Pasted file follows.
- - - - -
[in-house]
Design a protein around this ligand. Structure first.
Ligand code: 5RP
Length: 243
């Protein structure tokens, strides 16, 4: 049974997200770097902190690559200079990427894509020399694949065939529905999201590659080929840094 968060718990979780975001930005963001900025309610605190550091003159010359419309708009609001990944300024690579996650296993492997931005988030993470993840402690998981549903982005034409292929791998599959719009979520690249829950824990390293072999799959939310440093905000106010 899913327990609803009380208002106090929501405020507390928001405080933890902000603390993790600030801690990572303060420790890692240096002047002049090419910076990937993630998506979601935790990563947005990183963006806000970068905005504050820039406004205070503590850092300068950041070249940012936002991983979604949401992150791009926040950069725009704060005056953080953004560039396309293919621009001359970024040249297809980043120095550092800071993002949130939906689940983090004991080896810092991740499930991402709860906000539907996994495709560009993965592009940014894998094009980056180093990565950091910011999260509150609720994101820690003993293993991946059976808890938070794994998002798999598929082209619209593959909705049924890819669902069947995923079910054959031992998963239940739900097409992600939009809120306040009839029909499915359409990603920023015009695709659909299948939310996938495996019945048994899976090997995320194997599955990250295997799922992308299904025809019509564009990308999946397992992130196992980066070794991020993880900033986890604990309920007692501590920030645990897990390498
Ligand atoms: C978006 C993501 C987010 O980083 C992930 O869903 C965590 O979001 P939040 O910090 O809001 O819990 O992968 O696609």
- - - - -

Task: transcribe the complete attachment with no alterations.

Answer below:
[in-house]
Design a protein around this ligand. Structure first.
Ligand code: 5RP
Length: 243
């Protein structure tokens, strides 16, 4: 049974997200770097902190690559200079990427894509020399694949065939529905999201590659080929840094 968060718990979780975001930005963001900025309610605190550091003159010359419309708009609001990944300024690579996650296993492997931005988030993470993840402690998981549903982005034409292929791998599959719009979520690249829950824990390293072999799959939310440093905000106010 899913327990609803009380208002106090929501405020507390928001405080933890902000603390993790600030801690990572303060420790890692240096002047002049090419910076990937993630998506979601935790990563947005990183963006806000970068905005504050820039406004205070503590850092300068950041070249940012936002991983979604949401992150791009926040950069725009704060005056953080953004560039396309293919621009001359970024040249297809980043120095550092800071993002949130939906689940983090004991080896810092991740499930991402709860906000539907996994495709560009993965592009940014894998094009980056180093990565950091910011999260509150609720994101820690003993293993991946059976808890938070794994998002798999598929082209619209593959909705049924890819669902069947995923079910054959031992998963239940739900097409992600939009809120306040009839029909499915359409990603920023015009695709659909299948939310996938495996019945048994899976090997995320194997599955990250295997799922992308299904025809019509564009990308999946397992992130196992980066070794991020993880900033986890604990309920007692501590920030645990897990390498
Ligand atoms: C978006 C993501 C987010 O980083 C992930 O869903 C965590 O979001 P939040 O910090 O809001 O819990 O992968 O696609």